Thursday, October 19, 2023

Defining Death

I've been reading a book called WHEN THE "DEAD" ROSE IN BRITAIN, by Nicole C. Salomone. After a forty-page overview of the history of medicine in Europe and Britain, the author delves into "premature burial and the misdiagnosis of death," mostly in the eighteenth and nineteenth centuries. Among the various related topics covered, there's a chapter on European vampire legends, the main reason I bought the book. Over hundreds of years, doctors as well as clergymen and philosophers debated and analyzed in great detail the dividing line between life and death and the criteria for diagnosing death. They distinguished between apparent death (or suspended animation) and absolute death, from which no recovery was possible.

Some physicians explained the essence of aliveness as the "vital spark," rather tautologically defined as the force that maintained life in the body. Later, it was suggested that the vital spark was in fact electricity, a hypothesis seemingly validated by the fact that an electrical current sent through an animal cadaver can make its limbs move. The recognition of the absence of breath and heartbeat as probable but not certain evidence of death inspired development of techniques for resuscitation, some of which produced concrete benefits in reviving victims of drowning and eventually led to CPR as we know it today. Societies for "the Recovery of Persons Apparently Dead" were organized. Salomone seems to accept as fact most of the recorded accounts of people misdiagnosed as dead, often prepared for interment and buried or dissected. On the other hand, the lack of specific details in many of those stories (e.g., names and precisely identified locations) leads me to think a lot were what would now be called urban legends. In any case, a widespread belief in and fear of premature burial in the nineteenth century resulted in the invention of numerous models of "safety coffins."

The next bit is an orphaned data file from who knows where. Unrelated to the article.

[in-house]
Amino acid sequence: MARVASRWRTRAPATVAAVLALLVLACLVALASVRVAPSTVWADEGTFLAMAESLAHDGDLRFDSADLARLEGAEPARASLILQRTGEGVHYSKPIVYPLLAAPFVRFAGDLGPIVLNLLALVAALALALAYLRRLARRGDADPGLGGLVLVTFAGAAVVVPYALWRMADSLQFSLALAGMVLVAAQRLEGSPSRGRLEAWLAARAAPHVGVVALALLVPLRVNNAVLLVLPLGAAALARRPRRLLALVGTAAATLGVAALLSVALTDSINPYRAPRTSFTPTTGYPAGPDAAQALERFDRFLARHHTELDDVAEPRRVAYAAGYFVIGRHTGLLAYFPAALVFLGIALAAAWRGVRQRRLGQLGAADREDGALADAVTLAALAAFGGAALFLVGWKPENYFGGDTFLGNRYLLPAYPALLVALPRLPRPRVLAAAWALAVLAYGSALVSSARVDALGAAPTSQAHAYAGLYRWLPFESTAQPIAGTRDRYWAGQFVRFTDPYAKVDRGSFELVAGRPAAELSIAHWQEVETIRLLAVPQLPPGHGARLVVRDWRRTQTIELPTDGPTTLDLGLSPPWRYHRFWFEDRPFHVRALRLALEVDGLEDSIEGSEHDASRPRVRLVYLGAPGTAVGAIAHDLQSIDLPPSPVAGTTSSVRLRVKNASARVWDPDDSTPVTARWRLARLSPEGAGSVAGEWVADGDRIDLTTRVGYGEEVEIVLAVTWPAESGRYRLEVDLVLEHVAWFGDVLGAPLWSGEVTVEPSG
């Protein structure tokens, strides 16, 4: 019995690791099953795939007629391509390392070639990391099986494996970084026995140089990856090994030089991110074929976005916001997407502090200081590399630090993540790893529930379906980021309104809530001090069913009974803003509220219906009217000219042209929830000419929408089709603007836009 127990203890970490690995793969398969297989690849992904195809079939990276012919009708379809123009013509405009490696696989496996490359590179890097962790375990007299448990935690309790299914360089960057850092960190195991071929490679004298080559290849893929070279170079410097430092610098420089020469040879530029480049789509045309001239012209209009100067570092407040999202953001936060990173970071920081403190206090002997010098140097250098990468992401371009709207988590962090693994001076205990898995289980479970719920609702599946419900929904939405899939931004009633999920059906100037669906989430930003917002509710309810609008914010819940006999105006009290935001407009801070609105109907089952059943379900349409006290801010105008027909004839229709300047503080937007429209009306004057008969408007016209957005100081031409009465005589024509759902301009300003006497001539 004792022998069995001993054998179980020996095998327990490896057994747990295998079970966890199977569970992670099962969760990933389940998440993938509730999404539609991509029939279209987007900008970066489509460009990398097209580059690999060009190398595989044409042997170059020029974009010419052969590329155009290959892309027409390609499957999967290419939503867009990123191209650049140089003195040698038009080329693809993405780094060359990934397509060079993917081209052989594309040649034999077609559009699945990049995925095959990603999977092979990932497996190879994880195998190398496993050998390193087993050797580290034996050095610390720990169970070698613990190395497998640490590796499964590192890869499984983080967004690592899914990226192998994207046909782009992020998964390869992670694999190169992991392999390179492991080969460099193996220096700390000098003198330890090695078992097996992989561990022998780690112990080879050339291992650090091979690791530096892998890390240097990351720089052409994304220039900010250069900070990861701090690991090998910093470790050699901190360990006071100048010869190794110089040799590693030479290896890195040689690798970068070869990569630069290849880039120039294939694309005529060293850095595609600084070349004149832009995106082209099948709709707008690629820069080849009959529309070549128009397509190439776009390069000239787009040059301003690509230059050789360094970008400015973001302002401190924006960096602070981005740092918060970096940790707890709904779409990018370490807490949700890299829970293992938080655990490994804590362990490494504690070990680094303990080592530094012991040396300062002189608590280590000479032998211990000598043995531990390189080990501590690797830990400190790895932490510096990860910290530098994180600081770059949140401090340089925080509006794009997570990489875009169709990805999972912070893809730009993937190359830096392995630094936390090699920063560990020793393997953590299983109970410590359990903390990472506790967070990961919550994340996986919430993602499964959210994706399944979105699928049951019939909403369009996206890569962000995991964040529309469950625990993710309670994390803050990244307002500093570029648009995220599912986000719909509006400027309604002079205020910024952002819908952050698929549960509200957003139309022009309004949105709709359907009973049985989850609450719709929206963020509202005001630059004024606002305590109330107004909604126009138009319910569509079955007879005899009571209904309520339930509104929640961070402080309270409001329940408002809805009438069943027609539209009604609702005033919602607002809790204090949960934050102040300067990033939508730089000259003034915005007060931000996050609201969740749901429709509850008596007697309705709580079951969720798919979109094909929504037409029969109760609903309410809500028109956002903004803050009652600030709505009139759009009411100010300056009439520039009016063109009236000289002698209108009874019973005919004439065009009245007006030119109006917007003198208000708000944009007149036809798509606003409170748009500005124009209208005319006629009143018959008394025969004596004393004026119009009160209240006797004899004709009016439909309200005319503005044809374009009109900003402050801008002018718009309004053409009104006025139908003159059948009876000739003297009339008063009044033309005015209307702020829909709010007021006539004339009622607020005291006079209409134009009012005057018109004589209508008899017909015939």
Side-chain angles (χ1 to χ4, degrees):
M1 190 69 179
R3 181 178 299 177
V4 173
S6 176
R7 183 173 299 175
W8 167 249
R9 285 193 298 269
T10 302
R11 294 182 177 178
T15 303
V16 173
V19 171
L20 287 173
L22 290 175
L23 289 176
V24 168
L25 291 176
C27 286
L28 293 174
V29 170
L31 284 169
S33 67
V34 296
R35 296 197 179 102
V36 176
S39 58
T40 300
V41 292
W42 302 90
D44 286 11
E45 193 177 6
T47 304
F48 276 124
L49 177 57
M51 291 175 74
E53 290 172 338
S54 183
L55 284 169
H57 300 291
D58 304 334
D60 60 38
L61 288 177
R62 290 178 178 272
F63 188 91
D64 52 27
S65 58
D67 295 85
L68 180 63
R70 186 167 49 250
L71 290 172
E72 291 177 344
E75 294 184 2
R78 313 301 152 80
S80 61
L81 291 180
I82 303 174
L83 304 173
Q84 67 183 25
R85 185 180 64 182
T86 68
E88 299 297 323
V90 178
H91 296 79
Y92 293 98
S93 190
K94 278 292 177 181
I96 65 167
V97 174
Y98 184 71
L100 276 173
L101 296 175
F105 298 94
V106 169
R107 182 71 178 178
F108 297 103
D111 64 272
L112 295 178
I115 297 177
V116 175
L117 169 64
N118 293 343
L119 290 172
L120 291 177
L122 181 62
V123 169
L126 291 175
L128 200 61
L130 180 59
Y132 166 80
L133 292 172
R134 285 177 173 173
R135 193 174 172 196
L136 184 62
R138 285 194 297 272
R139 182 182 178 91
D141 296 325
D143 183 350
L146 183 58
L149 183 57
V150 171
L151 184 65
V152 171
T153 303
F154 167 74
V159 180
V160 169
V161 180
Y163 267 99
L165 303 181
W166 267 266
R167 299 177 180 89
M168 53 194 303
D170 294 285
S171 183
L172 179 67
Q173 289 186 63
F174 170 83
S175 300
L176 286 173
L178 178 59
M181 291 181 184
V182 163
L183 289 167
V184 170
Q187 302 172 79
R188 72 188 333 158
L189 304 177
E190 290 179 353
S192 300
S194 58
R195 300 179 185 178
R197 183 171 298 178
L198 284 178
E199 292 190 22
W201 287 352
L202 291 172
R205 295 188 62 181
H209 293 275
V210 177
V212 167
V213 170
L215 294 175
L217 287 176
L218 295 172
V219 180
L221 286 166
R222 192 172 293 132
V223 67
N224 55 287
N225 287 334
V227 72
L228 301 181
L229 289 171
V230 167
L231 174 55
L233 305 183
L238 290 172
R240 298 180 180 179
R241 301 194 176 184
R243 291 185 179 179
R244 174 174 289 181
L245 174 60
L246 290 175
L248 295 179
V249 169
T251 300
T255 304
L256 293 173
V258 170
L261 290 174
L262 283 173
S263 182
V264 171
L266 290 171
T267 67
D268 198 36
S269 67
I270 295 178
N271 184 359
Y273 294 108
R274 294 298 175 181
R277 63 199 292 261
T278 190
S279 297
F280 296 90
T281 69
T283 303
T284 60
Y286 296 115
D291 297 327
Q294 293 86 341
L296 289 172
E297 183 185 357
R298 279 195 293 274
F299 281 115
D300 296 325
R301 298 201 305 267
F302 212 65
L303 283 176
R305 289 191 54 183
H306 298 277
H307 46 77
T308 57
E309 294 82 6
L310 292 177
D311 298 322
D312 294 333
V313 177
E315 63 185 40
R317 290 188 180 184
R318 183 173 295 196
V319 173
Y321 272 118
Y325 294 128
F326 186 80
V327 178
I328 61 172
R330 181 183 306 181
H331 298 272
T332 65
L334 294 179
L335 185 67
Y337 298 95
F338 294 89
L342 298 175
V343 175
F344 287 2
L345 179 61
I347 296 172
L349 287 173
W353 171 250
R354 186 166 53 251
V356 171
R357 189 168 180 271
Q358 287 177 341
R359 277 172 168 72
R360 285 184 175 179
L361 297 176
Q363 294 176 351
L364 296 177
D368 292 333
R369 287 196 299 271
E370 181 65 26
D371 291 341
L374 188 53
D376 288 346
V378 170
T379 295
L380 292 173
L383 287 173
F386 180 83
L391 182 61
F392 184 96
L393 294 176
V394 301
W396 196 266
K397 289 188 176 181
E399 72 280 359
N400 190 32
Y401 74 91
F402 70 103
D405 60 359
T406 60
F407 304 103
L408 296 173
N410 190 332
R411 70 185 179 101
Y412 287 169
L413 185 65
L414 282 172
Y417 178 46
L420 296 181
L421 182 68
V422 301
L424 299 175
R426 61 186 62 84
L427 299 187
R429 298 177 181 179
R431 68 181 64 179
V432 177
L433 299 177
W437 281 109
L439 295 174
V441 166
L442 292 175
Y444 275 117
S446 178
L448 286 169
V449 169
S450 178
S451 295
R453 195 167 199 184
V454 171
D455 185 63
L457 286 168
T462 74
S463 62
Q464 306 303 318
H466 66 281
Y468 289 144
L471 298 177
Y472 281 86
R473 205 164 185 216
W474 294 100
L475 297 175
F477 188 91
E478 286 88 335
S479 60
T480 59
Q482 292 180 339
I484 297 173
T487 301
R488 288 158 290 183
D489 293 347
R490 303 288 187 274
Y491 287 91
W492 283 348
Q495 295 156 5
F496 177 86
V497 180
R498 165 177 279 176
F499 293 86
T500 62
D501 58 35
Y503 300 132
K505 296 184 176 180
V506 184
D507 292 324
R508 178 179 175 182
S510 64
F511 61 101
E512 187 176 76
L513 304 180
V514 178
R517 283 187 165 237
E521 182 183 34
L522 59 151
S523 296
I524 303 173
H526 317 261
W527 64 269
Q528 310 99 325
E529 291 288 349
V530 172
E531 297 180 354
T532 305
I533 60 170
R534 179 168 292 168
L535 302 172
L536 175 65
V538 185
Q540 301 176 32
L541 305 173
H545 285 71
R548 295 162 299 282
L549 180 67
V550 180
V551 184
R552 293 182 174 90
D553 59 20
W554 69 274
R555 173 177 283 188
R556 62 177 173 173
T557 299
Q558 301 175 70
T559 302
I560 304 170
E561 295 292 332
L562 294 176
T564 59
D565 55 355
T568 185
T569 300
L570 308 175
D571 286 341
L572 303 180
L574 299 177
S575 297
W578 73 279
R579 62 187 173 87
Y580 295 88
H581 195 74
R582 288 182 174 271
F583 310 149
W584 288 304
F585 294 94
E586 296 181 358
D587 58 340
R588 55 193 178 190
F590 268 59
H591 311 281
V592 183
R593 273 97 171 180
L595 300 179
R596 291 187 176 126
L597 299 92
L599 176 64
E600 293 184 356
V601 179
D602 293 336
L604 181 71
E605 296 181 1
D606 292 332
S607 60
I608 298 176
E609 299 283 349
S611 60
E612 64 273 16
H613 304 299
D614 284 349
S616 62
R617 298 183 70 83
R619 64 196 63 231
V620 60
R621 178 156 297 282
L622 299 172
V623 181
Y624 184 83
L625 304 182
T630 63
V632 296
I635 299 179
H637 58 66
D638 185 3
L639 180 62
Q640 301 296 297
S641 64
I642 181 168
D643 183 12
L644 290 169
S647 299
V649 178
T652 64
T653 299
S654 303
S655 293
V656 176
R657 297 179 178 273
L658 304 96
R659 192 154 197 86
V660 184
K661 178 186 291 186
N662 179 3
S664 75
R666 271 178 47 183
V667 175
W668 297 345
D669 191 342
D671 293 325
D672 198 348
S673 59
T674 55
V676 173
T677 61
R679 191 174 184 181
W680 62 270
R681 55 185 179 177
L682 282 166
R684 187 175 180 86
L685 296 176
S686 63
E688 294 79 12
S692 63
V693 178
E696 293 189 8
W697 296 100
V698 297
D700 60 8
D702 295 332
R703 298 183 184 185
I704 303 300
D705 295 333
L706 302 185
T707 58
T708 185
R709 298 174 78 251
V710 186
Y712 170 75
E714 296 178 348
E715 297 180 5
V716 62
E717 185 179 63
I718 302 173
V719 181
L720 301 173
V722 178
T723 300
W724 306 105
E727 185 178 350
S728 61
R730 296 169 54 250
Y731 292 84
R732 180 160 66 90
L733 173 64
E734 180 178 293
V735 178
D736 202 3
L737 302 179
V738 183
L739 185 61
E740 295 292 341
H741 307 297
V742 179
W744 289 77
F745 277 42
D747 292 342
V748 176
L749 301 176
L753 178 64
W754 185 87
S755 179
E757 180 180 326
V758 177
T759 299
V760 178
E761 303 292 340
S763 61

In modern times, medicine and the law have determined that life resides in the brain. Permanent cessation of brain activity -- "brain death" -- equals the demise of the person. Robert Heinlein's very uneven brain-transplant novel, I WILL FEAR NO EVIL, includes an extended dialogue on this issue, for me the most interesting scene in the book.

If a person has apparently died and been restored to life, was he or she actually dead during the period of "apparent death"? Are "near-death experiences" genuine glimpses of the afterlife or merely the random firing of nerve impulses? Maybe such people are only "mostly dead," like the hero in THE PRINCESS BRIDE.

If science eventually develops a technique for uploading a person's consciousness into a computer, as often envisioned in speculative fiction, is a person whose body has died with the mind preserved in this way alive or dead?

In the Star Trek universe, given that the transporter disintegrates the transportee into component particles that are reassembled at the destination, do people being teleported survive the experience? Or, as Dr. McCoy speculates, do you die every time you step onto the transporter pad, to be replaced by an exact duplicate? If it's an exact duplicate, though, how could you tell? Your memories and personality seem unimpaired. Furthermore, what about the episodes when a transporter accident creates two of the same person? Does destroying one of them or even merging them together (or splitting a new individual generated from two people by the transporter into his component halves, as debated in one VOYAGER episode) count as murder? In the eighteenth century, when the foolproof way of determining whether someone was alive or dead was to wait until the body started to decompose, the quandary was simple by comparison.

Margaret L. Carter

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